Mobile phone insurance: the history of mobile phones

by PYB James | Dec 01, 2010

With Christmas just passed us, maybe you feel it’s time to upgrade your mobile phone. There is so much choice out of there, and so many different types of mobile phones available, that it’s amazing to think that almost 26 years ago, comedian Ernie Wise made the first mobile phone call across the Vodafone network on 1 January 1985*. Since, then mobile phones and mobile phone insurance have come a long way**.

Surprising as it may seem to some, forms of mobile phones go way back until prior to the second world war. People were already familiar with the concept of speaking to each other over long distance – the telephone had dealt with that.  However, the wires required meant that conversations ‘on the go’ were impossible.

So experiments took place to try and link mobile radio devices to the telephone network – and with some degree of success particularly when World War II gave impetus to technological development. For some decades the wealthy could use radiophones (radio was the technology used) to make phone calls from their cars or, with a little more difficulty, from mobile phone packs. However, it was in the 1970s that major organisations first started to patent ideas and technologies for true mobile networks. Many sources credit Dr Martin Cooper with having made the first ‘true’ mobile phone call using modern technology in 1973.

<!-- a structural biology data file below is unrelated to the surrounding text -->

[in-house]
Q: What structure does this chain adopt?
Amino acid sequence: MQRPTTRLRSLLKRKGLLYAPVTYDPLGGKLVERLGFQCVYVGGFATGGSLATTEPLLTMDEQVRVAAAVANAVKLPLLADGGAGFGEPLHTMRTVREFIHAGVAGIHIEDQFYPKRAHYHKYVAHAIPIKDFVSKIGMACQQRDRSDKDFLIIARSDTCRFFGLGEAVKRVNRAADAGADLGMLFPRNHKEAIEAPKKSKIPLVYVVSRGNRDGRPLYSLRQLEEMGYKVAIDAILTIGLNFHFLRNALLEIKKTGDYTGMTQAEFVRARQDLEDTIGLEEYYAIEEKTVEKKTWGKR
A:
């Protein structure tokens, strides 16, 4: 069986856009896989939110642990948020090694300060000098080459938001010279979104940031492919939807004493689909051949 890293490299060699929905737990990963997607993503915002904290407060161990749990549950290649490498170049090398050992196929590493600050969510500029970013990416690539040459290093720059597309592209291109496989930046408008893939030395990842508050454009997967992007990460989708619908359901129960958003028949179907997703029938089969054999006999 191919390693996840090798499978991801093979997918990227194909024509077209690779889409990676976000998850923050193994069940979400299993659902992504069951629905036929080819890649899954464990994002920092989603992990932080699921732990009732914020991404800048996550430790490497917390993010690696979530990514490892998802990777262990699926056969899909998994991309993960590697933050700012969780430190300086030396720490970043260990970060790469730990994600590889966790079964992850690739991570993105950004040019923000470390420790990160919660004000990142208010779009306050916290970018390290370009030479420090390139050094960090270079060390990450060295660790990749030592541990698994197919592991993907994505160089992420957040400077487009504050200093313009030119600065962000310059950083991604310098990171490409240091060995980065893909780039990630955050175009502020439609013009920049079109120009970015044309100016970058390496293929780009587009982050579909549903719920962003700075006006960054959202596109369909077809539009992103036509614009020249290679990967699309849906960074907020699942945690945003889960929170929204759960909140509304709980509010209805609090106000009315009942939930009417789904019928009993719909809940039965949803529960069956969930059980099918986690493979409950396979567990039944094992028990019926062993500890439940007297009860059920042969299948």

By the mid-1980s mobile phones and their networks were being marketed and the phones became synonymous with 80s materialism. These were 1st generation (1G) phones that operated on an analogue system and cost around £2,000, were the size of a briefcase, and had a battery life of little more than 20 minutes.*

By the 90s, phones were becoming significantly smaller and were now switching to digital systems – the 2G phones had arrived. Although the 2G systems could access information services, it was really the 3G phones in the first decade of the 21st century where true access to things such as the internet really became possible.

However, the existing networks were in danger of becoming overloaded and this led to the development of 4G systems that essentially utilise a more efficient data switching system. As of Christmas 2010, 3G is growing rapidly and being exploited by devices such as the Kindle and Nook, and 4G is rapidly being adopted by the major networks.

Of course, hand in hand with this explosive growth, theft and damage has come at a risk for mobile phones.  As they’ve become smaller, they have also become lighter and more easily dropped.  They have also become increasingly attractive to thieves. Therefore, a range of mobile phone insurance products has evolved over time to help deal with the financial consequences should these risks ever materialise.

So, if you have a mobile phone, it’s the product of a long history. Protecting it with mobile phone insurance might make sense.

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